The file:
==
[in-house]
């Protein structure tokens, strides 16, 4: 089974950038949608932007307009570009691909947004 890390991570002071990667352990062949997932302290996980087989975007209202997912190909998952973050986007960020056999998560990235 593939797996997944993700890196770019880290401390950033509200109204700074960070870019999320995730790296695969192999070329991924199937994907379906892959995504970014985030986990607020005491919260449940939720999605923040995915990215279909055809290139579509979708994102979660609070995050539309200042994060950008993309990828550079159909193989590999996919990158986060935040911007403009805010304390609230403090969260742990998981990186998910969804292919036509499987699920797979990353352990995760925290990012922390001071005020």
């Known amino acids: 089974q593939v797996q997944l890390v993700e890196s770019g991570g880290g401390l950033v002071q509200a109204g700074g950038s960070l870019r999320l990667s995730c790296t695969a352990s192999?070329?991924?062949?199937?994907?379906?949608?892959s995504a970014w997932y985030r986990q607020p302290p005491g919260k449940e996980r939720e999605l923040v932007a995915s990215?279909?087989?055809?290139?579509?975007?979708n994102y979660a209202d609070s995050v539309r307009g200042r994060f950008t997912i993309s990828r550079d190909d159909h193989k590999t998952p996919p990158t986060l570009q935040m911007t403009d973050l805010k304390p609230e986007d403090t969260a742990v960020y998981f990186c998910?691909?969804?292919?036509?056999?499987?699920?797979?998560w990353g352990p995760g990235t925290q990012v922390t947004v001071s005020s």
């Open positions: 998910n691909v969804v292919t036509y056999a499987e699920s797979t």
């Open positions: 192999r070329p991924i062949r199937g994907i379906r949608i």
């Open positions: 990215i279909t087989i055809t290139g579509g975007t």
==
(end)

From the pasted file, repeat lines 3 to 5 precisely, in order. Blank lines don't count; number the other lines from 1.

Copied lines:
């Known amino acids: 089974q593939v797996q997944l890390v993700e890196s770019g991570g880290g401390l950033v002071q509200a109204g700074g950038s960070l870019r999320l990667s995730c790296t695969a352990s192999?070329?991924?062949?199937?994907?379906?949608?892959s995504a970014w997932y985030r986990q607020p302290p005491g919260k449940e996980r939720e999605l923040v932007a995915s990215?279909?087989?055809?290139?579509?975007?979708n994102y979660a209202d609070s995050v539309r307009g200042r994060f950008t997912i993309s990828r550079d190909d159909h193989k590999t998952p996919p990158t986060l570009q935040m911007t403009d973050l805010k304390p609230e986007d403090t969260a742990v960020y998981f990186c998910?691909?969804?292919?036509?056999?499987?699920?797979?998560w990353g352990p995760g990235t925290q990012v922390t947004v001071s005020s």
């Open positions: 998910n691909v969804v292919t036509y056999a499987e699920s797979t």
């Open positions: 192999r070329p991924i062949r199937g994907i379906r949608i």